The first visual concept of this photo project came to me when I wasn't ready for it, even before I understood that I had found my mechanism to deal with my troubled mind. It occurred while I was following Paul down the U-Bahn, heading towards Zoo Station. This epiphany was merely an associative pun, a playful distortion of the most mundane sign lying right before my feet. All it did was give me a brief respite from the heavy and pensive noise in my head, which I was trying to rationalize in order to make sense of it all. This sensation I was experiencing was truly strange. Having traveled to over 50 countries during my backpacking days, this country felt notably different.
Anyway, I had brought two cameras with me that day. As I looked down, I saw the silver platform of the escalator, and there it was—the famous Oscar-winning feature film: Schindler's Lifts! Finally, a little grin escaped me. I pulled out the camera and captured what would later become the first image of this project.
It just made me smile, a much-needed one, for that matter. It felt so good to smile again; it felt like I hadn't smiled for years. How crazy does that sound? But never mind that - the important thing was that it immediately gave me a shred of confidence to start looking up and around, not just at old people, but at the young ones too.
Humor was always used in our family. And I'm not proud, or ashamed of it; I'm just stating it for what it is. For example, when my brother first told me around 2004 that they were leaving for Germany, the first thing I said, out of all the things I could have said or asked, was, "Well, bro, if there's a German Shepherd standing next to a soldier at the train station, it's probably better to take the bus."
As I turned away from him and continued on, I immediately thought to myself, what a strange and silly thing to say. But it was funny. Funny enough to sugarcoat the fact that he was leaving.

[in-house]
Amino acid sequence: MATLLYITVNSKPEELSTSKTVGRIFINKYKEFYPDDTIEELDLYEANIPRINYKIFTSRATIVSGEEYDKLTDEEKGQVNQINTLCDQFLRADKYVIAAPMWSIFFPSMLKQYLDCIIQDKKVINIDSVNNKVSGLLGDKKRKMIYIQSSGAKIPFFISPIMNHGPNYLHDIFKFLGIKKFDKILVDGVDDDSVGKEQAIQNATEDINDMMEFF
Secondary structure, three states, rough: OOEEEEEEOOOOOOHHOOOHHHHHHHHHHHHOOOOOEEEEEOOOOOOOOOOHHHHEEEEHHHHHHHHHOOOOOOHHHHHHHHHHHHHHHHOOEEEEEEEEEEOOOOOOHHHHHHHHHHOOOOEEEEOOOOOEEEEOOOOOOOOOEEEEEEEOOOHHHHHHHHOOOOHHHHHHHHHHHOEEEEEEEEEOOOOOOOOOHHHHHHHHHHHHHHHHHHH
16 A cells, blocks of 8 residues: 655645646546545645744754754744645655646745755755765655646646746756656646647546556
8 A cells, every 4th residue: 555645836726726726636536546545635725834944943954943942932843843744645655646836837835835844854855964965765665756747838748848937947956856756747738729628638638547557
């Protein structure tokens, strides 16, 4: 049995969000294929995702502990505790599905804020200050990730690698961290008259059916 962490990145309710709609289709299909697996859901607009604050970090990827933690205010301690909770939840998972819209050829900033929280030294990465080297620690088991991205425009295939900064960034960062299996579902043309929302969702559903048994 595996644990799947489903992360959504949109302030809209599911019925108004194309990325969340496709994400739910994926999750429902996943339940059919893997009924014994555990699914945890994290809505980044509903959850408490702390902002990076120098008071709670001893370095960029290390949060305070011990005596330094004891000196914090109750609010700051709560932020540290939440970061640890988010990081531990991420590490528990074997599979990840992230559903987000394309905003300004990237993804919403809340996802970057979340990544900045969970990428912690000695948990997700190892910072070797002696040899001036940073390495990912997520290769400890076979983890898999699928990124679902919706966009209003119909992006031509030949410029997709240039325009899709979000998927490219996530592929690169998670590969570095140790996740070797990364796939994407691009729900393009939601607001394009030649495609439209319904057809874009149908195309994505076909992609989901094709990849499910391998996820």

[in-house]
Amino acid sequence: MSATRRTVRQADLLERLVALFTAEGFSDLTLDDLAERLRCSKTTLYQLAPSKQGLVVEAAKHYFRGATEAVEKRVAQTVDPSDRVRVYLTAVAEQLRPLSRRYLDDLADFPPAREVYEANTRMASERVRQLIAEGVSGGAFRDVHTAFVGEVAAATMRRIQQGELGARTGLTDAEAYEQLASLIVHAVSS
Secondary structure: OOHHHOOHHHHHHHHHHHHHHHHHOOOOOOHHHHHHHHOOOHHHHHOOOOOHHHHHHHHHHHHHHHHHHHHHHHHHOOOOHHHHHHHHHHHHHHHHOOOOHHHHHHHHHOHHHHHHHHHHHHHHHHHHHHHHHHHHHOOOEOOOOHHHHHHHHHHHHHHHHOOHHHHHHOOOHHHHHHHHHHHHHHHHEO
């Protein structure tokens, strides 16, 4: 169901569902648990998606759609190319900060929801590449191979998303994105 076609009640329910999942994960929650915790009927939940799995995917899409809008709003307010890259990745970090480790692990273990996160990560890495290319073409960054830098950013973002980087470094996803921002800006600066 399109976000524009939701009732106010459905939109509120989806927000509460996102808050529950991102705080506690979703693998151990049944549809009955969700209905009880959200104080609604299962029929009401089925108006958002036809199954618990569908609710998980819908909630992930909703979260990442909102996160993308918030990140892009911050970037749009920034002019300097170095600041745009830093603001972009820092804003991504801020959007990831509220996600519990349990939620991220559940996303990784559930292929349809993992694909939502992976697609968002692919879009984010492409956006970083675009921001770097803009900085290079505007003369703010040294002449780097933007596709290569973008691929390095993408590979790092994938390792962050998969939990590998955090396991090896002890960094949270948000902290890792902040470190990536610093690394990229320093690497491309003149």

I knew this approach would be key for me to be able to continue delving deeper into various facets, reading stories I knew, some I had read or heard about. I began searching for the perfect Schindler Lifts logo and platform, reshooting it in different locations, each with its own set of problems. Sometimes it was the condition of the platform, sometimes the lighting, and rarely the location. My biggest challenge was the constant shake of the platform, which prevented me from achieving a crystal-sharp photograph.
Eventually, a miracle happened to me at a train station in Tel Aviv. As I finished setting up and had no idea how to solve the platform shake once again, a maintenance guy approached me. He pulled out a key and, as he inserted it into some secret socket on the staircase, he apologized to me that he had to turn off the escalator for a while. He asked if I wanted to go down with the tripod, and if so, he would wait. I told him to wait no longer! He stopped the staircase for a few minutes, completely shutting it down, and gave me all the time I needed and more to capture this image. I loved everything about this setup. Solutions come in mysterious ways.
In this final photograph, I loved the dry seed, the relatively clean and newish state of the platform. Those black, grey, and white stripes seemed like a far stretch, but they were there, doc. They were there... Everything came out so sharp! And to top it all off, unlike the usually harsh and high-contrast light we tend to experience, in this roofless train station, the sun can be harsh. But on that day, the light was nice and soft.
A Perfect day to start seeing things differently, and I like the result of my first photograph!